When I first arrived in Surabaya, Indonesia, as a Fulbright English Teaching Assistant I expected to visit the local zoo, learn Bahasa Indonesia (the national language), and become familiar with my new home. I did not, however, expect to learn how to swim, hike to a waterfall, or encounter people who were genuinely confused about my nationality. All of this happened — and so much more.
I also met people who changed my life forever. My host family treated me like a daughter and thoughtfully answered my questions about Islam and holidays such as Ramadan and Idul Fitri. They also taught me about Indonesian culture and cuisine. Women in my host community shared beauty secrets and lured me, kindheartedly, into getting a makeover. Family friends whisked me away via motorbike to experience the sights and sounds of Surabaya. Nevertheless, none of this happened overnight.
When I first arrived, I was often mistaken as someone from Papua or Africa, but never from America.
Word gradually spread that an American—an African-American—was in town and teaching at a nearby school. That cleared up some confusion. Residents came to understand that I wasn’t being disrespectful when I did not speak. I simply did not know how to respond to their questions, but I soon learned.
Despite having no background in Bahasa Indonesia, students constantly challenged and encouraged me to learn more and more about the language until I got better. I demanded the same of them when it came to learning English.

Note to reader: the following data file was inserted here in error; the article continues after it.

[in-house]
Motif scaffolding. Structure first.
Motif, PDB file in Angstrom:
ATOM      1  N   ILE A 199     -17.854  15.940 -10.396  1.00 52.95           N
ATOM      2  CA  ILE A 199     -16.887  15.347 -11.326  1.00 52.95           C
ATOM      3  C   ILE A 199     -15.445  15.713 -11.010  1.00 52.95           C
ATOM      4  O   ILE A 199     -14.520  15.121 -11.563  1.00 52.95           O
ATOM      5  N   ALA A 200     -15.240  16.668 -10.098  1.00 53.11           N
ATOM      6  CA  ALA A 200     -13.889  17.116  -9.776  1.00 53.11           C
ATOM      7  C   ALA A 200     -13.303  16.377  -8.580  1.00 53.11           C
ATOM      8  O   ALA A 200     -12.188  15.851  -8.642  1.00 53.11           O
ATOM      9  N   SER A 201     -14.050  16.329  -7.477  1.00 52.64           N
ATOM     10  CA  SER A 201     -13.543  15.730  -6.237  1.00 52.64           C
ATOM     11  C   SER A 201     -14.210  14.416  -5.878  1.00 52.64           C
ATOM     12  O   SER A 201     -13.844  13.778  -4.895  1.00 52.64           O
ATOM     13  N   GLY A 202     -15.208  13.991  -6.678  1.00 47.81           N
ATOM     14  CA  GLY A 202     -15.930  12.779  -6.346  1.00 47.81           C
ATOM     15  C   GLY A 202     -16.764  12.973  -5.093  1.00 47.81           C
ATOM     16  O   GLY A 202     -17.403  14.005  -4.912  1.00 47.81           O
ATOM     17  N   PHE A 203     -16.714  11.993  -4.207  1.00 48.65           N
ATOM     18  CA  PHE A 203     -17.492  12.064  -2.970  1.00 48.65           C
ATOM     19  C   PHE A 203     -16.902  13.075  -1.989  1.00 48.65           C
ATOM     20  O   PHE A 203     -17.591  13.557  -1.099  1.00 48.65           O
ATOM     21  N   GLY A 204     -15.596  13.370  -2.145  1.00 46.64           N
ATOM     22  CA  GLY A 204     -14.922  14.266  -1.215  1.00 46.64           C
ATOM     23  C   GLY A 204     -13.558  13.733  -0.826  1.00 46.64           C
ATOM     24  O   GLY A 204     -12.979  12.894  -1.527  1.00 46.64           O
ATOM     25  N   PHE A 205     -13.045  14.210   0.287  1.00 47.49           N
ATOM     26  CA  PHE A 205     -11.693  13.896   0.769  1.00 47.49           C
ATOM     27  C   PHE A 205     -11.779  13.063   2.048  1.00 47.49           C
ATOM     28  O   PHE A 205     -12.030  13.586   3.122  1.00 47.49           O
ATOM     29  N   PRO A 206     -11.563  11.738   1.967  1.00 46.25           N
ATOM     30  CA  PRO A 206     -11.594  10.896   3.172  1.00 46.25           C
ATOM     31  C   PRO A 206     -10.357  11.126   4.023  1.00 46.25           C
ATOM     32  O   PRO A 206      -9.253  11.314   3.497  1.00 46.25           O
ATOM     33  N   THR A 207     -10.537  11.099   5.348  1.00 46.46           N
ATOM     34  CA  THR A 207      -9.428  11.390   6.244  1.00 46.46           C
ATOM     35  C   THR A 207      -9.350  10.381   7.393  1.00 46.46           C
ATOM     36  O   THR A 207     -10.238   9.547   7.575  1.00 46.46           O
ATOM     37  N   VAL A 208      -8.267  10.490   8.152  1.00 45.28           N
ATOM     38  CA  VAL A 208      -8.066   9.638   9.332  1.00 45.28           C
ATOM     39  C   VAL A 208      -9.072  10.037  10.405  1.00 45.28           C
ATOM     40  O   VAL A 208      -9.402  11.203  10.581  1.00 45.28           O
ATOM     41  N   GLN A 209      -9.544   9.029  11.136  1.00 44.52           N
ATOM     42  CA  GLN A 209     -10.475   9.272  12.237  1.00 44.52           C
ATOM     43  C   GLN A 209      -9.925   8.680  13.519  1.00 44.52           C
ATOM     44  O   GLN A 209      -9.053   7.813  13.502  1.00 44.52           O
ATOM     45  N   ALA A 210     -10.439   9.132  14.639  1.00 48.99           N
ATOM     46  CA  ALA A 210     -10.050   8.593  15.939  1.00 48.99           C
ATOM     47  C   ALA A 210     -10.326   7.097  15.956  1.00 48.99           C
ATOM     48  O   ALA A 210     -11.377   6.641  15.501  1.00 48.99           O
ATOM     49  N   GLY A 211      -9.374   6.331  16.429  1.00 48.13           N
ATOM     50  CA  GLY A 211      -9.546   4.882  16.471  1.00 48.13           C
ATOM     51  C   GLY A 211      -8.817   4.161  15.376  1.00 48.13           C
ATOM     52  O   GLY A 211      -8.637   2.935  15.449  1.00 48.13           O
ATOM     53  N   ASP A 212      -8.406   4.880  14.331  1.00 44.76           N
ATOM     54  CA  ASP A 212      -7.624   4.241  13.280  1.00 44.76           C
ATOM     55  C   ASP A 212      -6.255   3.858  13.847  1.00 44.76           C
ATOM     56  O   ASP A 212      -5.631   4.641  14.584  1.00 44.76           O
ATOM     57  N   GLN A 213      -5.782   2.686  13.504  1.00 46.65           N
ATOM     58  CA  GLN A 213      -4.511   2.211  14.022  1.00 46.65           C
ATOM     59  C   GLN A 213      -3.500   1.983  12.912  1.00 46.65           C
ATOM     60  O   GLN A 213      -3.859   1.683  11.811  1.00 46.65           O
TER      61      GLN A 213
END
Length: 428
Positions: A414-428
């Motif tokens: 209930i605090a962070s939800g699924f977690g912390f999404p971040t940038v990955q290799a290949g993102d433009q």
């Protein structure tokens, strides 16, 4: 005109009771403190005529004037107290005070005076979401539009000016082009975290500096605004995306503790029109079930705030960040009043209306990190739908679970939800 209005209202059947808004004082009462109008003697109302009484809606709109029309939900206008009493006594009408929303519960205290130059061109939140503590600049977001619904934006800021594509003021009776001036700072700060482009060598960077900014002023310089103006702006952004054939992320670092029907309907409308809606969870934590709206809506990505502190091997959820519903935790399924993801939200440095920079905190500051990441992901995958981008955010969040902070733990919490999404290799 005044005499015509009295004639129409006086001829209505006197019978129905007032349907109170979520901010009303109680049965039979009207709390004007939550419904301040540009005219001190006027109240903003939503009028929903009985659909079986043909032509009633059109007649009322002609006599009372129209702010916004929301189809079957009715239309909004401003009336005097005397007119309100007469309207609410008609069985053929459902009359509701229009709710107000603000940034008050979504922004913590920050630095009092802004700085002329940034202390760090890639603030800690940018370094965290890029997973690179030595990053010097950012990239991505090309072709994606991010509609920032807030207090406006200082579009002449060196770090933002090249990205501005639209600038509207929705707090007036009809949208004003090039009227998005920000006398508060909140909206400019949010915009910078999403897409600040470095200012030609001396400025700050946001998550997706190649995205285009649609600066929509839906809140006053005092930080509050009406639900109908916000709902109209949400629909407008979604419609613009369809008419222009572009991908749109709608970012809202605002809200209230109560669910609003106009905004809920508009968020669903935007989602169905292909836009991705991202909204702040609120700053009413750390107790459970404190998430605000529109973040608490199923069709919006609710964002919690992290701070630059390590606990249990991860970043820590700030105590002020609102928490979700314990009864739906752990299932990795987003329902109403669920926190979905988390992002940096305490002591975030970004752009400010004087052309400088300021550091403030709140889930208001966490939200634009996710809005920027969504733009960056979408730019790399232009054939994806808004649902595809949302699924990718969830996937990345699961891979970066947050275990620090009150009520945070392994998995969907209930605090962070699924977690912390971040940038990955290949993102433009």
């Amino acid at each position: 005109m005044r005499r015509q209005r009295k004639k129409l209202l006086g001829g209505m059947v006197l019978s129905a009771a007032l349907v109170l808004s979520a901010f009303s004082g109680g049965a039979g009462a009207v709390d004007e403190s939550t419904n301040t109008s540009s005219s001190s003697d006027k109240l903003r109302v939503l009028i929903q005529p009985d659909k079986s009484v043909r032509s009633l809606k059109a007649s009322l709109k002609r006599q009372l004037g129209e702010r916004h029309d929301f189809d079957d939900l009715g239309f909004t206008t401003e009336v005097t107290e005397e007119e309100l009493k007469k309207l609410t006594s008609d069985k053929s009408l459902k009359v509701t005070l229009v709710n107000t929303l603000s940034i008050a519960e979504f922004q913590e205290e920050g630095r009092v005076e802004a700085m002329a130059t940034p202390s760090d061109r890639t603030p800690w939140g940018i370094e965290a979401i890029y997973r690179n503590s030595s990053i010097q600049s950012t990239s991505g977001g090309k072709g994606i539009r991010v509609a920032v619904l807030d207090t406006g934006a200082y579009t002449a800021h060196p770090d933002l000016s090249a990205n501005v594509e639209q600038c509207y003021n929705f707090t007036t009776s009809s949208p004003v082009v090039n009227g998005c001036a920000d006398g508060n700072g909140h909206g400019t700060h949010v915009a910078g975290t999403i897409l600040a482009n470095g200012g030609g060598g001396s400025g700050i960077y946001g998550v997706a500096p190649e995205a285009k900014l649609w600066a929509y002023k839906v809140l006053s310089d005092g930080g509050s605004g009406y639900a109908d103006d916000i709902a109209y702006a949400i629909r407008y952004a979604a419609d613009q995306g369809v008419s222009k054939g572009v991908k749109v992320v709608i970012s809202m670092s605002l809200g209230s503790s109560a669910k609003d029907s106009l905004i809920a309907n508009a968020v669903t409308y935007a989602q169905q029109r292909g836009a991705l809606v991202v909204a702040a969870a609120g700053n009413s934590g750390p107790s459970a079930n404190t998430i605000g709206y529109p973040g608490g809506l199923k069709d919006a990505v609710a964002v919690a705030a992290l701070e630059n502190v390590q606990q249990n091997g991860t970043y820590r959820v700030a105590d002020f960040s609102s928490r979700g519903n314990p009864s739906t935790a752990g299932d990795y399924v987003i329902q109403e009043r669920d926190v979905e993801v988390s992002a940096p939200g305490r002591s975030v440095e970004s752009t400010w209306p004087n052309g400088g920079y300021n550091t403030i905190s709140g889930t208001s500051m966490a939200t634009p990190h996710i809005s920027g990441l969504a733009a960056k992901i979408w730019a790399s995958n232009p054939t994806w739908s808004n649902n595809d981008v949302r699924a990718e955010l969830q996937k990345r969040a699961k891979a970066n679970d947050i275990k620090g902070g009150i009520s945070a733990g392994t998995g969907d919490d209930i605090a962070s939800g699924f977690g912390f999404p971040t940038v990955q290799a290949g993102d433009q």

One student in particular kept me on my toes—Ela Munica. She was a quick study and was always ready to learn more. When Ela invited me to her home, she introduced me to her English protégé, an eight-year-old girl who lived in the neighborhood. While there, Ela confided that she was prepping to apply for a scholarship to study in America. When I left Ela’s home that evening, I was quite inspired by her generosity and continuous drive. I still am.
Prior to leaving Indonesia, Ela insisted that we go golfing. I was an awful golfer but Ela did not seem to mind. Then it dawned on me. Every time I taught, I felt more capable and confident in my abilities. Rarely was I caught off guard when it came to doing something that came naturally to me. The same standard applied on the golf course. Ela was the expert; I was the amateur.
To this day, Ela and I continue to keep in touch. I taught her a thing or two in the classroom and she showed me that while there’s plenty to be taught, there’s so much more to learn.
My advice to future Fulbright English Teaching Assistants is to invite questions. Be respectfully inquisitive during your Fulbright grant. Through posing genuine questions and answering them thoughtfully, deep understandings can be reached. Lastly, be open to teaching, but always be open to listening and learning. This can lead to invaluable experiences for you — and everyone you meet.
Photo: Sierra Carter, 2008-2009, Fulbright English Teaching Assistant to Indonesia, hops on a motorbike with her student Ela
Questions for Sierra about her Fulbright experiences? Feel free to email her at RCarter.AlumniAmbassador@fulbrightmail.org.